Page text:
A wetted wall column is used to study the distillation, gas absorption, and vaporization operation of various chemical systems, to obtain data and correlation between components present in different phases which exist in equilibrium conditions during the operation. The experiments of wetted wall columns provide data for the design of separation operations.

The aim of the **wetted wall column experiment **

Evaluation of Mass Transfer Coefficient in a wetted wall column

Objective: The rates of diffusion into gases flowing through pipes are studied in wetted wall columns.

**Principle/Theory:**

A thin film of liquid falling down the inside of a vertical pipe through which the gas flows constitutes a wetted wall column. Wetted wall columns have been used as absorbers of Hydrochloric acid, Ammonia, Acetone, Benzene, and other volatile liquids. They have also been studied for theoretical studies for mass transfer because the interfacial surface between the phases is kept under control and is measurable.

The height of the wetted wall column required for mass transfer operations is excessive and consequently, this is not widely used, where large quantities of liquid or gas have to be handled, it would be necessary to arrange many vertical pipes in parallel and this leads to difficulties in the distribution of liquid into the inner surface of the tubes. The gas pressure drop for this is confined to skin friction effects, with few or no expansion or contraction losses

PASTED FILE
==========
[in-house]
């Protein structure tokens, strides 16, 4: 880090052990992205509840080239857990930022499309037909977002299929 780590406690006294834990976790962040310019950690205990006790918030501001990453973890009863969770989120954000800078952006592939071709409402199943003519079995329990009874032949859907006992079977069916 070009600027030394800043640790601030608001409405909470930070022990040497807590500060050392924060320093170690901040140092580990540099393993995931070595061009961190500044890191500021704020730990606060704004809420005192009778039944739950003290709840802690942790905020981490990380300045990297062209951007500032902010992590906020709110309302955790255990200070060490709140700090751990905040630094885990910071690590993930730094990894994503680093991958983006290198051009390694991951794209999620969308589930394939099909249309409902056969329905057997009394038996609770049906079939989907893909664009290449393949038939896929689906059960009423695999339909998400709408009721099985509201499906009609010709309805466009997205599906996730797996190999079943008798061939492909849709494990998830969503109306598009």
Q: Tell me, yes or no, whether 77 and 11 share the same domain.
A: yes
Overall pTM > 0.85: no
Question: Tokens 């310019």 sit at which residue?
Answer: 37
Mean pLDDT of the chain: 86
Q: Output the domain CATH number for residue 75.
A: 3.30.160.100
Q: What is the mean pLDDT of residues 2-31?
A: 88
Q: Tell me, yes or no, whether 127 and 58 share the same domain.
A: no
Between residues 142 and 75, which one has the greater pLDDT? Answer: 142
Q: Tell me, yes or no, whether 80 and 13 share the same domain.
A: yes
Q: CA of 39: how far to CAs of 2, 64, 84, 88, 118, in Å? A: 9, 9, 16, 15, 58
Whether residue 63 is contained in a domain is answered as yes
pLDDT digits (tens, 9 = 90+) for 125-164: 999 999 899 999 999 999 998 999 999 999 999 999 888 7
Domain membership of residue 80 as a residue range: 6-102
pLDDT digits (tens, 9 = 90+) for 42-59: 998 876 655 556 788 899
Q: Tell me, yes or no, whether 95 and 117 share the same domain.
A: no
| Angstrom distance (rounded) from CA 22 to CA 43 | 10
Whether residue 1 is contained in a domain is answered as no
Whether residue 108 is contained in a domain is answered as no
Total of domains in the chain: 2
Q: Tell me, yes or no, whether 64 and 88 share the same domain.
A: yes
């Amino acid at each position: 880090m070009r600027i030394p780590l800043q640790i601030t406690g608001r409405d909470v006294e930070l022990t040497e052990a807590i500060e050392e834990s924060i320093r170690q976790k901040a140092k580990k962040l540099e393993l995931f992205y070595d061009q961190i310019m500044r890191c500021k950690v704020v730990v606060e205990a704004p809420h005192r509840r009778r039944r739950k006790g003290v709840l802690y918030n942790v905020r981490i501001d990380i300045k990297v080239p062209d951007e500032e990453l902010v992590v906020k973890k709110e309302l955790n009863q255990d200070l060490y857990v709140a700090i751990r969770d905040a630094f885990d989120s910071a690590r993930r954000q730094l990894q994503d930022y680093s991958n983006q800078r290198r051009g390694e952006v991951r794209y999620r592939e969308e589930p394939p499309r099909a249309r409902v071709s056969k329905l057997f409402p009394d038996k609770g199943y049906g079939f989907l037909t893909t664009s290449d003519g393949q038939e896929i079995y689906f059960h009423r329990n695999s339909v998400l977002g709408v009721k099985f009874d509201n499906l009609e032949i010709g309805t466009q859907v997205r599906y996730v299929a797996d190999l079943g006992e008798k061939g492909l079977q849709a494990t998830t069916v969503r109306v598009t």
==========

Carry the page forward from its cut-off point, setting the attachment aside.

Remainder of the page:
.

Mass transfer rates for fluids flowing through pipes have been studied more completely than in other cases.

The rates of diffusion into gases flowing through pipes have been studied in wetted wall columns.

A volatile liquid is submitted to flow down the inside surface of a circular tube, while gas flows upward or downward through the center of the pipe. Measurement of the rate of evaporation of a liquid into the gas stream over a known surface permits calculation of the mass transfer coefficient for the diffusion of vapor into the gas stream. Since the liquid is pure, the concentration gradient for diffusion exists entirely within the gas phase, the mass transfer coefficient Kg may be calculated. Sherwood and Gillard conducted a series of experiments using a variety of volatile liquids with air in a turbulent flow.

Here the **mass transfer coefficient** in the form of the dimensionless group is plotted against the Reynolds number of the gas for the system air-water (Sc = 60). For gases, values of Re from 2000 to 35,000 were covered and from 0.6 to 2.5 with gas pressures varying from 0.1 to 3 atm.

The equation which describes all the data for both liquid and gas flow is

**(K _{G} d/DW (P_{BM}/P) (K_{l}d/D) = 0.023 Re^{0.83 }Sc^{1/3}**

This empirical relation is quite remarkable in the manner in which it generally confirms the relationship between heat mass and momentum transfer developed theoretically. However, the evaporation of the volatile liquids in a wetted wall column results in the cooling of the liquids and consequent simultaneous heat transfer between liquid and gas. The heat transfer rates are given by the equation

**HD / k = 0.023 Re ^{0.8 }Pr^{0.3}**

Owing to ripples and waves on the liquid surface.

Interphase Mass Transfer

**Equipment used: **Wetted Wall column unit, Humidity meter

**The material used: **Water

**EXPERIMENTAL PROCEDURE:**

1. Water is fed to the column at a rate at which complete wetting with a minimum of ripple formation is visible.